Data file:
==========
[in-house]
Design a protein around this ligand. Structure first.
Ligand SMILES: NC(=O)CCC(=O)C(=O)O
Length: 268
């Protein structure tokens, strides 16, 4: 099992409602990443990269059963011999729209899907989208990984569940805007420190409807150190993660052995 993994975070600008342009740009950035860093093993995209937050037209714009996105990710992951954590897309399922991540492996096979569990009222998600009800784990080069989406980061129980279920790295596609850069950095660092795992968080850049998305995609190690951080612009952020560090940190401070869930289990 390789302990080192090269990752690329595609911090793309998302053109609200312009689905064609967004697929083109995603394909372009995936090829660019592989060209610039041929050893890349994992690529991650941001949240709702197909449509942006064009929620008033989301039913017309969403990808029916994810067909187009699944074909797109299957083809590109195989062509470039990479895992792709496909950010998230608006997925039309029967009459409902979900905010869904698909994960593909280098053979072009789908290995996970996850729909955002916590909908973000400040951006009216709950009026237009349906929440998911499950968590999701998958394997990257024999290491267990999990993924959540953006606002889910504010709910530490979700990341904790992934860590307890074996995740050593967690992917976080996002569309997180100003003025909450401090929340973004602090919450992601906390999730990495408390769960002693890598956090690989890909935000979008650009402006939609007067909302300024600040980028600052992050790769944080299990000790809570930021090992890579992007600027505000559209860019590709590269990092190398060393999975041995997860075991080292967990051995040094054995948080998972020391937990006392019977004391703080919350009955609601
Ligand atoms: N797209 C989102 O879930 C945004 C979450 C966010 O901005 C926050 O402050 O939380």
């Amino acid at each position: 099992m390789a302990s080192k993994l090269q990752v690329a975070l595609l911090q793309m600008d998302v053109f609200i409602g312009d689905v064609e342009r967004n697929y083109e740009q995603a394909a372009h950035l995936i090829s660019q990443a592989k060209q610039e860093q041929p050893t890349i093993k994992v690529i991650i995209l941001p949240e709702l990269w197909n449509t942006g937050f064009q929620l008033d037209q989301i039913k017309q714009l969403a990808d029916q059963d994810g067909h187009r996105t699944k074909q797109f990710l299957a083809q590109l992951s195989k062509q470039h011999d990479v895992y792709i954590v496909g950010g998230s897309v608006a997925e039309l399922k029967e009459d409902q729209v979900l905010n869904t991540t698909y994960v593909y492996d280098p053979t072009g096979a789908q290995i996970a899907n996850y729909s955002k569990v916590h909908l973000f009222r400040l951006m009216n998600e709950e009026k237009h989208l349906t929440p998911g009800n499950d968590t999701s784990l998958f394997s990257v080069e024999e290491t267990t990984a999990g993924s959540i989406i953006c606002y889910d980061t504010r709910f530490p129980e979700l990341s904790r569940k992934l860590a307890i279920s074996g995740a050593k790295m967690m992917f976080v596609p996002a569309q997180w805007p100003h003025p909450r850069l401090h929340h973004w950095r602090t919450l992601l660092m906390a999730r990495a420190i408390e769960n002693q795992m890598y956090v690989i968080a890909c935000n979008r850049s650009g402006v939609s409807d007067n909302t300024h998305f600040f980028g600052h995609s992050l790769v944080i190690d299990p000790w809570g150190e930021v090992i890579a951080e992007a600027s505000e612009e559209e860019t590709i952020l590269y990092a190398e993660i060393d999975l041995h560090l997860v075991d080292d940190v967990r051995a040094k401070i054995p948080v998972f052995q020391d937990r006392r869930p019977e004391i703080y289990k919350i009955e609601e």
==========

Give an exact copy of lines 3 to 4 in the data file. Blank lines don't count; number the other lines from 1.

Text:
Ligand SMILES: NC(=O)CCC(=O)C(=O)O
Length: 268